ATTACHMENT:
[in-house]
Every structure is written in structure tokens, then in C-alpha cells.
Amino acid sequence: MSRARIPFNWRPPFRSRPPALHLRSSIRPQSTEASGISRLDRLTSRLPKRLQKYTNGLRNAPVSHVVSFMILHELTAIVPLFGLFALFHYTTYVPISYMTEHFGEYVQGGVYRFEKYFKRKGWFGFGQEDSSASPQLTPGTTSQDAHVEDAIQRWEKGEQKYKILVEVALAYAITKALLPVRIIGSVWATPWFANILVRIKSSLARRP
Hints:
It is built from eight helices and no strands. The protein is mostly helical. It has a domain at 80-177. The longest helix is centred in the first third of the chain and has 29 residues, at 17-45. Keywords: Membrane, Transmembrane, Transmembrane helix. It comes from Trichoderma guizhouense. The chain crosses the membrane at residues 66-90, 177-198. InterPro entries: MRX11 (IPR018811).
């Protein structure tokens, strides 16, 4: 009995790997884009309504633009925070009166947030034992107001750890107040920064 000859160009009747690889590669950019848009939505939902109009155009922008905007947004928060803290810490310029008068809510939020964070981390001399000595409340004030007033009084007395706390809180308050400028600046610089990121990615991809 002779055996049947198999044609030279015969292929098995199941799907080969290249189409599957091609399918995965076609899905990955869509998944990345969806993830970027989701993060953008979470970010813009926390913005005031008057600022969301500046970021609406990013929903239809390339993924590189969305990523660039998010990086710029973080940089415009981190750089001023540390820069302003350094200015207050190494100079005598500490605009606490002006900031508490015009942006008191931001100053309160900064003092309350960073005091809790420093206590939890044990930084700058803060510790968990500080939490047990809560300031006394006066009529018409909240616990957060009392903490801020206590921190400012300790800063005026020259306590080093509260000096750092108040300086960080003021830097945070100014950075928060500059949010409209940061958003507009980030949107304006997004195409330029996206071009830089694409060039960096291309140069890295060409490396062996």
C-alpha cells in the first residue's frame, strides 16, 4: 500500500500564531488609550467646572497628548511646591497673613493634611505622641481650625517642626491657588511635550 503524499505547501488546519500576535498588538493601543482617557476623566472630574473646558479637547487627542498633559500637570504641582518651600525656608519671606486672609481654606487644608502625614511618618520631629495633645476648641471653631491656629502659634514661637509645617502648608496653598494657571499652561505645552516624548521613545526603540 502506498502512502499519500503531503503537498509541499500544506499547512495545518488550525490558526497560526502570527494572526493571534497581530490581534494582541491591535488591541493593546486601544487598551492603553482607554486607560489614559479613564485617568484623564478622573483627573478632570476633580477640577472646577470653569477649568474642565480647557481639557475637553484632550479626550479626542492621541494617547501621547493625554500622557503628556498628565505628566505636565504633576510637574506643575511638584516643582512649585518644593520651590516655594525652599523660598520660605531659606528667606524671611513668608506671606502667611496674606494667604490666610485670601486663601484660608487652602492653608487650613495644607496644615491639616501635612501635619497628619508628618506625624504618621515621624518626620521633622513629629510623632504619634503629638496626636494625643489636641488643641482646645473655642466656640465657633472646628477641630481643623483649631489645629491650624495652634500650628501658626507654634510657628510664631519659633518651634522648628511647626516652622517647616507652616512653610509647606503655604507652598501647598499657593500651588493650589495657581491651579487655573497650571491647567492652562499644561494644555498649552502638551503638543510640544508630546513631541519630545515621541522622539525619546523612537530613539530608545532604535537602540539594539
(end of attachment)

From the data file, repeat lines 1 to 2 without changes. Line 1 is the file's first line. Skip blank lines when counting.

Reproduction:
[in-house]
Every structure is written in structure tokens, then in C-alpha cells.